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  • Author or Editor: Judah Cohen x
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Hengchun Ye
,
Judah Cohen
, and
Michael Rawlins

Abstract

Daily synoptic observations were examined to determine the critical air temperatures and dewpoints that separate solid versus liquid precipitation for the fall and spring seasons at 547 stations over northern Eurasia. The authors found that critical air temperatures are highly geographically dependent, ranging from −1.0° to 2.5°C, with the majority of stations over European Russia ranging from 0.5° to 1.0°C and those over south-central Siberia ranging from 1.5° to 2.5°C. The fall season has a 0.5°–1.0°C lower value than the spring season at 42% stations. Relative humidity, elevation, the station's air pressure, and climate regime were found to have varying degrees of influences on the distribution of critical air temperature, although the relationships are very complex and cannot be formulated into a simple rule that can be applied universally. Although the critical dewpoint temperatures have a spread of −1.5° to 1.5°C, 92% of stations have critical values of 0.5°–1.0°C. The critical dewpoint is less dependent on environmental factors and seasons. A combination of three critical dewpoints and three air temperatures is developed for each station for spring and fall separately that has improved snow event predictability when the dewpoint is in the range of −0.5°–1.5°C and has improved rainfall event predictability when the dewpoint is higher than or equal to 0°C based on the statistics of all 537 stations. Results suggest that application of site-specific critical values of air temperature and dewpoint to discriminate between solid and liquid precipitation is needed to improve snow and hydrological modeling at local and regional scales.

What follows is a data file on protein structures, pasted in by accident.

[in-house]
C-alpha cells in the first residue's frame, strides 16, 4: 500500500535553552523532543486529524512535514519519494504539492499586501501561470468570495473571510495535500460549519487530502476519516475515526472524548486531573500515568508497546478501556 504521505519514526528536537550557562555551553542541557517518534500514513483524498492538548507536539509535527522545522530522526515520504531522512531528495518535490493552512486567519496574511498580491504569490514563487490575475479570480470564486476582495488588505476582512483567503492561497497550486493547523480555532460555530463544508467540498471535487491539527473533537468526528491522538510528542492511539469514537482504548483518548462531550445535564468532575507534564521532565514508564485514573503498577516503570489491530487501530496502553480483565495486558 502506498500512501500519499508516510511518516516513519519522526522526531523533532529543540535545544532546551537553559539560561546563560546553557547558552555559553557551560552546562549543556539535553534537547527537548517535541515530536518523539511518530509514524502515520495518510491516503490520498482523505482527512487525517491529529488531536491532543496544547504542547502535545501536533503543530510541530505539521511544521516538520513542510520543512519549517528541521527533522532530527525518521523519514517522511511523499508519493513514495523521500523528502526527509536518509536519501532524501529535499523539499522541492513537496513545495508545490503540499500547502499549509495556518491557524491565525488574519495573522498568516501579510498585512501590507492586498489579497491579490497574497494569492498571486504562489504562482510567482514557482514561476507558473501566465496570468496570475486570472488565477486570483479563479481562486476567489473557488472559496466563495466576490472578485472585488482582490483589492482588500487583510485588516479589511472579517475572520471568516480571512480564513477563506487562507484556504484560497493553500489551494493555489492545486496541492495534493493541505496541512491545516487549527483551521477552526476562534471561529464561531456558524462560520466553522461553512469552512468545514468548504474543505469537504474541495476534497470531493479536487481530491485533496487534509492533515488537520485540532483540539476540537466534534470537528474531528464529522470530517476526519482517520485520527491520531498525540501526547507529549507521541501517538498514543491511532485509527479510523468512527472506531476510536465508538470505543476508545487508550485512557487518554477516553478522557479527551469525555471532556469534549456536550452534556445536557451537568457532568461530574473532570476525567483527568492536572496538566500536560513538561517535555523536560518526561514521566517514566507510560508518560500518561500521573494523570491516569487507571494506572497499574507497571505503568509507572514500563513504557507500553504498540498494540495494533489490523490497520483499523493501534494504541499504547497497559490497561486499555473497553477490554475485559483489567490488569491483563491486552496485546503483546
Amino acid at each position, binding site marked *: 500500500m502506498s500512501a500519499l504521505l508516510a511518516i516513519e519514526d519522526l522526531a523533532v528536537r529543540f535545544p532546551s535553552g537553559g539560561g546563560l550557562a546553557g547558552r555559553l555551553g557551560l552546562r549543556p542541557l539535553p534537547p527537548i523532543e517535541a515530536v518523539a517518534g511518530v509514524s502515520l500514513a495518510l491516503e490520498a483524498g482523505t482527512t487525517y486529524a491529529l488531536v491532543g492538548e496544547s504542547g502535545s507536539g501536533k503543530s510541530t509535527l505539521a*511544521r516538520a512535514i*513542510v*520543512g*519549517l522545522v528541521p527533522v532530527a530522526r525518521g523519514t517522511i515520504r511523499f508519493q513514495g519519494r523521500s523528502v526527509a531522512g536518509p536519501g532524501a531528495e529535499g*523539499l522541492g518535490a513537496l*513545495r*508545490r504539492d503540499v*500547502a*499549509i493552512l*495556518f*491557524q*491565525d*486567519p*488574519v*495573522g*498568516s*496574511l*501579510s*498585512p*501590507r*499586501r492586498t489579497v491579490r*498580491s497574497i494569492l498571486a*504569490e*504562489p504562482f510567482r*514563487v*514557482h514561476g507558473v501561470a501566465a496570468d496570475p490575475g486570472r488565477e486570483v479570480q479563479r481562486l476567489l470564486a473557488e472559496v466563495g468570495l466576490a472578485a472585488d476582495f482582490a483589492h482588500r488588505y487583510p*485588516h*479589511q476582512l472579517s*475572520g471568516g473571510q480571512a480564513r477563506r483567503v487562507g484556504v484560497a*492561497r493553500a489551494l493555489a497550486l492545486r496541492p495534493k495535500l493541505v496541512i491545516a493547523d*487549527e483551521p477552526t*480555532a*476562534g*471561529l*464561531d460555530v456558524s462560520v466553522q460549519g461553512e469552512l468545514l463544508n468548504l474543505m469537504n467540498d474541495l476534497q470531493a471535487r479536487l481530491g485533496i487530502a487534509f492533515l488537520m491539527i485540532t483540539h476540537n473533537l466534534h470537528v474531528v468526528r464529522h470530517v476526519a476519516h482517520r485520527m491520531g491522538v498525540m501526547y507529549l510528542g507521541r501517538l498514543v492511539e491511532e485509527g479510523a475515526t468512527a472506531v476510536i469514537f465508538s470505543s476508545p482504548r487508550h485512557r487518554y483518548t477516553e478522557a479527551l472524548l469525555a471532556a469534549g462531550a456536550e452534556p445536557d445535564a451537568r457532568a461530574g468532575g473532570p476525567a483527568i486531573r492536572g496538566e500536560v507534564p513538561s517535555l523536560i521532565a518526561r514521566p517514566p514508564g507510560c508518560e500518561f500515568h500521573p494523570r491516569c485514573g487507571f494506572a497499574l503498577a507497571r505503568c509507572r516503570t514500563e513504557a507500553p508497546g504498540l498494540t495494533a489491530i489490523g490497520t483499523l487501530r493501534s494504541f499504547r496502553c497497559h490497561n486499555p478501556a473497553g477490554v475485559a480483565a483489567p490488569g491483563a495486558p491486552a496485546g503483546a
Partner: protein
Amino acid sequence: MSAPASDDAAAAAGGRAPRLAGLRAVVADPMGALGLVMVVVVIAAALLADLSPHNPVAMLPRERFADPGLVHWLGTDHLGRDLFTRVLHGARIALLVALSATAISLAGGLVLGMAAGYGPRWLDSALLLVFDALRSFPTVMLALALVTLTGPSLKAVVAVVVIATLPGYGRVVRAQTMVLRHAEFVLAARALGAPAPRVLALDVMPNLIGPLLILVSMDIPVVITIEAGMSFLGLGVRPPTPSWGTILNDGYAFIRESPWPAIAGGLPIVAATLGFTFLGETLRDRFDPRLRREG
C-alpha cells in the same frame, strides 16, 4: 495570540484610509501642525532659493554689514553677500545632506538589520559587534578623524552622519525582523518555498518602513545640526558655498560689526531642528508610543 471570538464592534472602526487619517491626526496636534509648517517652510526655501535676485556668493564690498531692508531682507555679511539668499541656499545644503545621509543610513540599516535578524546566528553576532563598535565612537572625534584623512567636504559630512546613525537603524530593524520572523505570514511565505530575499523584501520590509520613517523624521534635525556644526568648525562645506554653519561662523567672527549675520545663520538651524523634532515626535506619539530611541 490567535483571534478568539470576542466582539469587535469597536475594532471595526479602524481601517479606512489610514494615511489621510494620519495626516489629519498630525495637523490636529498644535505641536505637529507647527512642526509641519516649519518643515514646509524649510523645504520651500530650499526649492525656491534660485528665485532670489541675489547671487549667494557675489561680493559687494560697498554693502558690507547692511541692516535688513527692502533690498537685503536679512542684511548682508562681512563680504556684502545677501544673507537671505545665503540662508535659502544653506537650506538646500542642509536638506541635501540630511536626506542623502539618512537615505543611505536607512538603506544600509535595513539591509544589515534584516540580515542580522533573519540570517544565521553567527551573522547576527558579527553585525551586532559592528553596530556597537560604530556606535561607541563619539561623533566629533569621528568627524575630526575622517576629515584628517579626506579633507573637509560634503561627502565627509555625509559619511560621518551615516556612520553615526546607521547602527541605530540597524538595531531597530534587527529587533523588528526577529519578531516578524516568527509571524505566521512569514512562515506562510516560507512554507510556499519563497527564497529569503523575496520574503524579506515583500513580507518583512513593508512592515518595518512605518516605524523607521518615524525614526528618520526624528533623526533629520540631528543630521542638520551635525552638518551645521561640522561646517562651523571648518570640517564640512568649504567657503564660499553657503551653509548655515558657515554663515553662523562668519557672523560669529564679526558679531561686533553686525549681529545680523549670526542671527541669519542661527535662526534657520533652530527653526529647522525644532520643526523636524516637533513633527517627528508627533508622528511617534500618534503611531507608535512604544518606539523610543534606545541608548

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Judah L. Cohen
,
David A. Salstein
, and
Richard D. Rosen

Abstract

The zonal-mean meridional transport of water vapor across the globe is evaluated using the National Centers for Environmental Prediction–National Center for Atmospheric Research (NCEP–NCAR) reanalysis for 1948–97. The shape of the meridional profile of the climatological mean transport closely resembles that of previous mean climate descriptions, but values tend to be notably larger than in climatologies derived from radiosonde-only-based analyses. The unprecedented length of the NCEP–NCAR dataset invites a focus on interannual variations in the zonal-mean moisture transport, and these results for northern winter are highlighted here. Although interannual variability in the transport is typically small at most latitudes, a significant ENSO signal is present, marked by a strengthening of water vapor transports over much of the winter hemisphere during warm events. Because of an increase in tropical sea surface temperatures and in the frequency of warm events relative to cold events in the latter half of the 50-yr record, this interannual signal projects onto an overall trend toward enhanced meridional moisture transports in the global hydrological cycle.

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